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Why counties can’t repair some bridges quickly

A farmer shares a situation created by an unsafe historic bridge in east-central Indiana.

Tom J Bechman 1

April 14, 2020

3 Min Read
collapsed bridge in Randolph County, Ind.
BRIDGE TO NOWHERE: Because this old, now-collapsed bridge in Randolph County, Ind., is considered historic, it’s not feasible for the county to replace it right now. Tom Chalfant

There is a bridge on a 1-mile stretch of road in Randolph County, Ind., that is no longer functional. Tom Chalfant, a farmer and county commissioner, says the decking fell out of the bridge, forcing county highway officials to close the road. It’s located near the Davis-Purdue Agricultural Center near Farmland.

“Nobody lives on the road, but now some local farmers must drive a few miles out of their way to reach fields they could access through this road before,” Chalfant says. “They understand the situation and why the county can’t afford to fix the bridge right now, but they’re still frustrated. It adds extra time to their day when they’re planting and harvesting that could be better spent in the field.”

Chalfant says the problem with this bridge is that it was declared a historic bridge and is included in Indiana’s Historic Bridges Inventory, a function of the Indiana Department of Transportation. He says this small concrete bridge was built in the early 1900s. “They tell me it was declared historic because of the unique way the rebar is positioned within the concrete compared to how it was typically done,” Chalfant says.

A few other bridges in Randolph County are also designated as historic. Across Indiana, there are hundreds of historic bridges, many in rural areas. The listing of historic Indiana bridges, with short descriptions, that are eligible for the national registry consists of well over 200 pages.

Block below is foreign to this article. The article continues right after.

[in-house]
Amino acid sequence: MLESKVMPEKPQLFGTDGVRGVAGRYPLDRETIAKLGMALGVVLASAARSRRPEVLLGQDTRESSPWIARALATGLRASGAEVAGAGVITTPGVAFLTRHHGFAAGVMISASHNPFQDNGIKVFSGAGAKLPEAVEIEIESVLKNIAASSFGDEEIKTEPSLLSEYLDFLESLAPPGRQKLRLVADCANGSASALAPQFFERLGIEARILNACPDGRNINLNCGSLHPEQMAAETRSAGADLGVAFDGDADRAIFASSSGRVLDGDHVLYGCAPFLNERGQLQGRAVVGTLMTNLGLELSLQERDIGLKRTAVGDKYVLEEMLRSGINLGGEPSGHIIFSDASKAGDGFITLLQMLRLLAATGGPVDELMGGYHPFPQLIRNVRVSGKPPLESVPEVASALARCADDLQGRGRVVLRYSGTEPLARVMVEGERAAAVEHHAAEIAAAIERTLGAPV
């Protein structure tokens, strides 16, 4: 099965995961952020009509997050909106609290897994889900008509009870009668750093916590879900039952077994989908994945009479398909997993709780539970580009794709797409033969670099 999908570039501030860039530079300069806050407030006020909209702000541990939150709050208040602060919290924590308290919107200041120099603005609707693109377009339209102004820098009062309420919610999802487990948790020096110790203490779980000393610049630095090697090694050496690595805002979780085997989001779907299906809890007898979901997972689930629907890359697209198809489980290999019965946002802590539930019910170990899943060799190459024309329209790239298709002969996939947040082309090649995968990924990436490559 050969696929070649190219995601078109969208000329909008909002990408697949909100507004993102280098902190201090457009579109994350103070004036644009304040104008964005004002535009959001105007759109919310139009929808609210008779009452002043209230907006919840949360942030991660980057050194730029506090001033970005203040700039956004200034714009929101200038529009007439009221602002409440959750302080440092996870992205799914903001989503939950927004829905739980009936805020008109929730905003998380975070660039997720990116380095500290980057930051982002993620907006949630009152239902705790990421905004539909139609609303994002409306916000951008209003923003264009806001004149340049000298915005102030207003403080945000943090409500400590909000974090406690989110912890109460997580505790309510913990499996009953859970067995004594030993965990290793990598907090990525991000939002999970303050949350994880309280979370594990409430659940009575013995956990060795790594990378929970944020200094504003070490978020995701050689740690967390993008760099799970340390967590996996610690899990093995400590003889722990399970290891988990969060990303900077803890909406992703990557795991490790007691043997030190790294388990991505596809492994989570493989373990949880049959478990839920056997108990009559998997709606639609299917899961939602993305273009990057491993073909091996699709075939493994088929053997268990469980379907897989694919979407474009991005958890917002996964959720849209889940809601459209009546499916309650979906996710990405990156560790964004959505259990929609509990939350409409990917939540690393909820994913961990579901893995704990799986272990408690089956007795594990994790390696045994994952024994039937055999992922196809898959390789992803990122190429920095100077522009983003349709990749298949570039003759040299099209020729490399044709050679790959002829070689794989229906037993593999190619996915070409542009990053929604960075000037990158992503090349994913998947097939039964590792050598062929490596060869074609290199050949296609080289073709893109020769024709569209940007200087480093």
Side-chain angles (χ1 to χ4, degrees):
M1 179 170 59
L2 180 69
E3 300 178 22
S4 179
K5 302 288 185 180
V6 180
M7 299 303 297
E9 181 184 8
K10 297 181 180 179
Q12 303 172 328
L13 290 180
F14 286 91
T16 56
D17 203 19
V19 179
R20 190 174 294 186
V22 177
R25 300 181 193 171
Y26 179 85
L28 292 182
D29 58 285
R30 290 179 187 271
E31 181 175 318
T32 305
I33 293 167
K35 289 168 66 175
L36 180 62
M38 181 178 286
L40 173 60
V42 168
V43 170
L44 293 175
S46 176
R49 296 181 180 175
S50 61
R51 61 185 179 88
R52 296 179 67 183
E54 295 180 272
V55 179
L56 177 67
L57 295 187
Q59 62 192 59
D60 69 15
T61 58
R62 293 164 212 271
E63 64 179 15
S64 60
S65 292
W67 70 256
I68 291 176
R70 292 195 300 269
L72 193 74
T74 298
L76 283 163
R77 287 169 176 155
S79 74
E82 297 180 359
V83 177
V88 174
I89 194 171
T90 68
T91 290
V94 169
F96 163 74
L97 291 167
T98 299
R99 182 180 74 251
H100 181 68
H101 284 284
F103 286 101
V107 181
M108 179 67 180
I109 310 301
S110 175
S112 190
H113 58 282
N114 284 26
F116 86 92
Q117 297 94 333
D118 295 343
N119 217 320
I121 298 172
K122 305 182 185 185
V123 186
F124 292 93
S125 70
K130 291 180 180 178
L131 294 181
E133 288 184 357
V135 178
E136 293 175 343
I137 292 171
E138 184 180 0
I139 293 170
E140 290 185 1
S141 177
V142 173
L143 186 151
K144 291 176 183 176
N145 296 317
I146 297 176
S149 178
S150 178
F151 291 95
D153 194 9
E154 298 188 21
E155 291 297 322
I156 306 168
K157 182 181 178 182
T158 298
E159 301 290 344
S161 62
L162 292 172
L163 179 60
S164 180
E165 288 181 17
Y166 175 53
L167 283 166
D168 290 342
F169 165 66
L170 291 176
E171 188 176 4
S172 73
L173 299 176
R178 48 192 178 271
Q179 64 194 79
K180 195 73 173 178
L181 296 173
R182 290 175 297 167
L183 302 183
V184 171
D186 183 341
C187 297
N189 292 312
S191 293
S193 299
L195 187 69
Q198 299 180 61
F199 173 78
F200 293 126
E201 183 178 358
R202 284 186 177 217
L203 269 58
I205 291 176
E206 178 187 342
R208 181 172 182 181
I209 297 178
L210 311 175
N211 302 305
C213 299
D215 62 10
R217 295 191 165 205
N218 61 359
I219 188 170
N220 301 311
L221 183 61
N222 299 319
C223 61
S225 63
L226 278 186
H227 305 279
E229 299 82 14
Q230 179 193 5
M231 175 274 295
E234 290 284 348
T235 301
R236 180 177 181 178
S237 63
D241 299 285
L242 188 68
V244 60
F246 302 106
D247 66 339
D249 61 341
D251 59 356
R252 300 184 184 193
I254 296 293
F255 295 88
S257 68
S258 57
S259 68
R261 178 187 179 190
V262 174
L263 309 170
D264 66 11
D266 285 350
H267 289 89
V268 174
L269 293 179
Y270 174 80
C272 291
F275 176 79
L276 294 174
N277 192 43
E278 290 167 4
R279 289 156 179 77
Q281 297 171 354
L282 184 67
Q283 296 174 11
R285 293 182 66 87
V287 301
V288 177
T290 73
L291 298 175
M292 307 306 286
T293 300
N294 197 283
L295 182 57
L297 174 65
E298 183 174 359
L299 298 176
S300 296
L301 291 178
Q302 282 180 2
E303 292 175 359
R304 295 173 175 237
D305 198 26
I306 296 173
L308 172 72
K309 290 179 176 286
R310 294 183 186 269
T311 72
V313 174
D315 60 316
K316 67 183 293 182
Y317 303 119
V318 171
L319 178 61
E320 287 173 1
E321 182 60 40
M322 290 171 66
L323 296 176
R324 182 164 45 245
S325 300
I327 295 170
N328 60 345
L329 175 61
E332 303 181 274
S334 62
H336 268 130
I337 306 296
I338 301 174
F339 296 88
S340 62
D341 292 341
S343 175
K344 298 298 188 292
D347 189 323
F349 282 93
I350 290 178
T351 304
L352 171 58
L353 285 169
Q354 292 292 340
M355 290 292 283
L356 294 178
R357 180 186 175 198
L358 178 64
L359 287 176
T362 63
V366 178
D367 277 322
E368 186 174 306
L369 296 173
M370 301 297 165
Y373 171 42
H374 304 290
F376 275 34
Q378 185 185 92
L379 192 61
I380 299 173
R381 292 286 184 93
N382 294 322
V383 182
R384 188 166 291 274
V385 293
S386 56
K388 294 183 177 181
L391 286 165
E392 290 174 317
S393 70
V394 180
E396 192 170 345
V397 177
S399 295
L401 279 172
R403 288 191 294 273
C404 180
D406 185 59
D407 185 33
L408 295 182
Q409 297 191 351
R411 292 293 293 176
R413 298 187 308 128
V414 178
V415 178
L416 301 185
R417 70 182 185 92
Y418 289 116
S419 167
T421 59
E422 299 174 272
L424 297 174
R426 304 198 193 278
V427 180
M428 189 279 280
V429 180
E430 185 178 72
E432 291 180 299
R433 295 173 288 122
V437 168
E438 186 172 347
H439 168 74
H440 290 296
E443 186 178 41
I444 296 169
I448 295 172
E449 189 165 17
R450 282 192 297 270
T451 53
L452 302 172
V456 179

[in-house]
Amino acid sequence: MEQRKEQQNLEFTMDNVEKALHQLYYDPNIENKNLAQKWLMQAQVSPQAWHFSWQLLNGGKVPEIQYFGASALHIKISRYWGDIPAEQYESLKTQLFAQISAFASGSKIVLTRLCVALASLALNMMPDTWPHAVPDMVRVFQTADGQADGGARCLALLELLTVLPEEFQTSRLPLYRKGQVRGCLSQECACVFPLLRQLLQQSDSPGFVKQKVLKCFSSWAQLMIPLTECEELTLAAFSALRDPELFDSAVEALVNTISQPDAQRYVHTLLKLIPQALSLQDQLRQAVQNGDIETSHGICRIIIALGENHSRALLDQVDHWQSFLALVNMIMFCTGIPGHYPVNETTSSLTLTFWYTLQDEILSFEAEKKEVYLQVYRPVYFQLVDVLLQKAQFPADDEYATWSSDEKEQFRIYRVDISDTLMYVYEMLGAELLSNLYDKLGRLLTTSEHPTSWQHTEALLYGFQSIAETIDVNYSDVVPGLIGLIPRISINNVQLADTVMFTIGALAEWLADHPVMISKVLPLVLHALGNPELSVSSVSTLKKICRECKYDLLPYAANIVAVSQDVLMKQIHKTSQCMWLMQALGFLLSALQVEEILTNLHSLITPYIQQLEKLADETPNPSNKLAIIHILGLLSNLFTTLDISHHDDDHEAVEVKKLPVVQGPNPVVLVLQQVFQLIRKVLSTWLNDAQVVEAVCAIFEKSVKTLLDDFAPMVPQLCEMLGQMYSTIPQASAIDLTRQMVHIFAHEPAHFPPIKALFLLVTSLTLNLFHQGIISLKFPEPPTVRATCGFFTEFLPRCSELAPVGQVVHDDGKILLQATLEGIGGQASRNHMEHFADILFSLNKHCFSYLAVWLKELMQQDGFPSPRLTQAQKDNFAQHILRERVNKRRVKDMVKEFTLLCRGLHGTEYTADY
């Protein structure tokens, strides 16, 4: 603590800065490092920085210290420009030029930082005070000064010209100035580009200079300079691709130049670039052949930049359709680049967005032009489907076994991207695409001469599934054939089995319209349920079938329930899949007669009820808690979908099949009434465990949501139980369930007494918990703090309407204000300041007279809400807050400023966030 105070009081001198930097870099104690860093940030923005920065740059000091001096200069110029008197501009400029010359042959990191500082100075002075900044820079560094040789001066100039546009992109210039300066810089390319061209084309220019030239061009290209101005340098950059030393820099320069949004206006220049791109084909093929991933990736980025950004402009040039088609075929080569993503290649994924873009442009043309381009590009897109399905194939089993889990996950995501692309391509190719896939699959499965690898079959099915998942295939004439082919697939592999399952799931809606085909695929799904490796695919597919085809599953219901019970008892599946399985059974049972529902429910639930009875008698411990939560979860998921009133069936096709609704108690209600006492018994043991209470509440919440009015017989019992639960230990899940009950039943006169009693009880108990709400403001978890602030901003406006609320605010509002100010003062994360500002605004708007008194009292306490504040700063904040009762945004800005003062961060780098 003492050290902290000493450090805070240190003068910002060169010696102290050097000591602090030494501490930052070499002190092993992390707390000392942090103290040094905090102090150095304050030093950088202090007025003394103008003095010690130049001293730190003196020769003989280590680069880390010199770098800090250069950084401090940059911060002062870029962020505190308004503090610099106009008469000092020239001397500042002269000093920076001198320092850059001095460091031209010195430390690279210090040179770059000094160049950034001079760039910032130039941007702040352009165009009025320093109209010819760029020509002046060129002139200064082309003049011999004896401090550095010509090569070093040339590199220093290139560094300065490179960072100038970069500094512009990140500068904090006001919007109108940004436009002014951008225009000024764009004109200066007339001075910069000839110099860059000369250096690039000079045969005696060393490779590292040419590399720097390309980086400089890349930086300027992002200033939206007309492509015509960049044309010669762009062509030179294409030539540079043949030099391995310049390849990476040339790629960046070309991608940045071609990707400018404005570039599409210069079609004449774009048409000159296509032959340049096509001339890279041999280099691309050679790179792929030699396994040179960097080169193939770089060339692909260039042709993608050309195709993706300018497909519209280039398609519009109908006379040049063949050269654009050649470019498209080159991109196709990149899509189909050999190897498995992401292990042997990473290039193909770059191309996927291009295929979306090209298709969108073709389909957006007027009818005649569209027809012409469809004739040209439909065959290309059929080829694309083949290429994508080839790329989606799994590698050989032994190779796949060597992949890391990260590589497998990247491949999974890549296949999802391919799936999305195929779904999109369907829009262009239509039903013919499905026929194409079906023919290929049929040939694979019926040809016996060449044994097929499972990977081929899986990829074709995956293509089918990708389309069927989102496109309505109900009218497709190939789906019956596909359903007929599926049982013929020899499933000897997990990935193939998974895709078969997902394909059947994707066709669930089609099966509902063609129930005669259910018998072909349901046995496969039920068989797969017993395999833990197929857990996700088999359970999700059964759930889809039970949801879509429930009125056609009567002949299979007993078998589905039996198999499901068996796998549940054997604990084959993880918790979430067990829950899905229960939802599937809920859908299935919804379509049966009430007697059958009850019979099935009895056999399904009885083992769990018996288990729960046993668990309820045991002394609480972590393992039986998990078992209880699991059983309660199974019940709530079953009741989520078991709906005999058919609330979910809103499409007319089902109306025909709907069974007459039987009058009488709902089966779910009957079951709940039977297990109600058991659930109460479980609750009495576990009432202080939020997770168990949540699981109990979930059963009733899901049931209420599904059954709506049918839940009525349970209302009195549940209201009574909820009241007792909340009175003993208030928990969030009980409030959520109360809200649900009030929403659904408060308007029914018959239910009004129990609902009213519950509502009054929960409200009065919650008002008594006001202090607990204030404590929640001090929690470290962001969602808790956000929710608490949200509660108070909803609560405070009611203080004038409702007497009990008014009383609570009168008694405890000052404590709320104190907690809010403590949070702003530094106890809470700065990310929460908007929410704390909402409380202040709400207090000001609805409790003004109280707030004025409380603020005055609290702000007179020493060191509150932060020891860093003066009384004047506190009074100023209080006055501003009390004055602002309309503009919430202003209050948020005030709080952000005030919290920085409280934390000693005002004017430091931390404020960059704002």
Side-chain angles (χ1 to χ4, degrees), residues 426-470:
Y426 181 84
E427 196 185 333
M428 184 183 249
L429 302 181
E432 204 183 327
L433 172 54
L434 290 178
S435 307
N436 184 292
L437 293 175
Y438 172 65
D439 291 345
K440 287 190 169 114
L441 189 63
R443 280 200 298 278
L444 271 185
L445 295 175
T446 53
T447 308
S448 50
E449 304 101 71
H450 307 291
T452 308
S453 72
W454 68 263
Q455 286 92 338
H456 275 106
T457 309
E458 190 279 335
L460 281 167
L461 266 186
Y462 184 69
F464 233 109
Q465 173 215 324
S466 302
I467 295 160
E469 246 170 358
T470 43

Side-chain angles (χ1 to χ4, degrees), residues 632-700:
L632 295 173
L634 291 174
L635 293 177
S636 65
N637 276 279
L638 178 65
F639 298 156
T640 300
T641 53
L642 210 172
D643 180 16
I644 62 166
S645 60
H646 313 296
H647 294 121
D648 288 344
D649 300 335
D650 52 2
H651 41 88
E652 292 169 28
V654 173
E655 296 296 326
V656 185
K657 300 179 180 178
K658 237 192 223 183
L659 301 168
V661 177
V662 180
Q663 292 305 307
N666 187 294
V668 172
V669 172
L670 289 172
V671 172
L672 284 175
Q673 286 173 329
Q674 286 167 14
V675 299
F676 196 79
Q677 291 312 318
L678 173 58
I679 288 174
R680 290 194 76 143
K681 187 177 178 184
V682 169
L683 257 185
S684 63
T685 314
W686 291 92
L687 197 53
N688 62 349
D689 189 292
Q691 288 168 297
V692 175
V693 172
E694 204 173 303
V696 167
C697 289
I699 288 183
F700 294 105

“The county replaced one historic bridge in the city of Winchester next to a historic site, and it took 12 years and cost lots of money to complete the project,” he explains. “If it’s a historic bridge, it must be returned to original condition, and that typically increases the cost significantly.”

Unintended consequences

Chalfant understands why people would want to preserve bridges of historic value. What he and farmers who can’t use a road are dealing with are the unintended consequences of well-intended actions. The estimate to replace the bridge near the Davis-Purdue Ag Center is about $800,000, he reports. He says if the county could replace it using its normal procedures, the cost shouldn’t be more than $180,000.

Rep. J.D. Prescott, R-Union City, sought to resolve the issue by introducing legislation into the 2020 Indiana General Assembly to make it feasible for counties to replace these bridges. The proposed legislation didn’t get traction.

“Legislators soon discovered that this is a complex issue which involves local, state and federal agencies,” says Jeff Cummins, Indiana Farm Bureau’s associate director for policy engagement. “State action could jeopardize federal funding for road and bridge projects. We will have to seek other solutions.”

Chalfant has reached a similar conclusion. He’s found INDOT receptive to his county’s plight and is also working with Rep. Greg Pence’s office on some specific bridges in the county.

“It’s clear now that it probably can’t be resolved with state legislation,” Chalfant says. “We will likely need to address it on a case-by-case basis, working with all agencies involved to try to reach a solution.”

About the Author(s)

Tom J Bechman 1

Editor, Indiana Prairie Farmer

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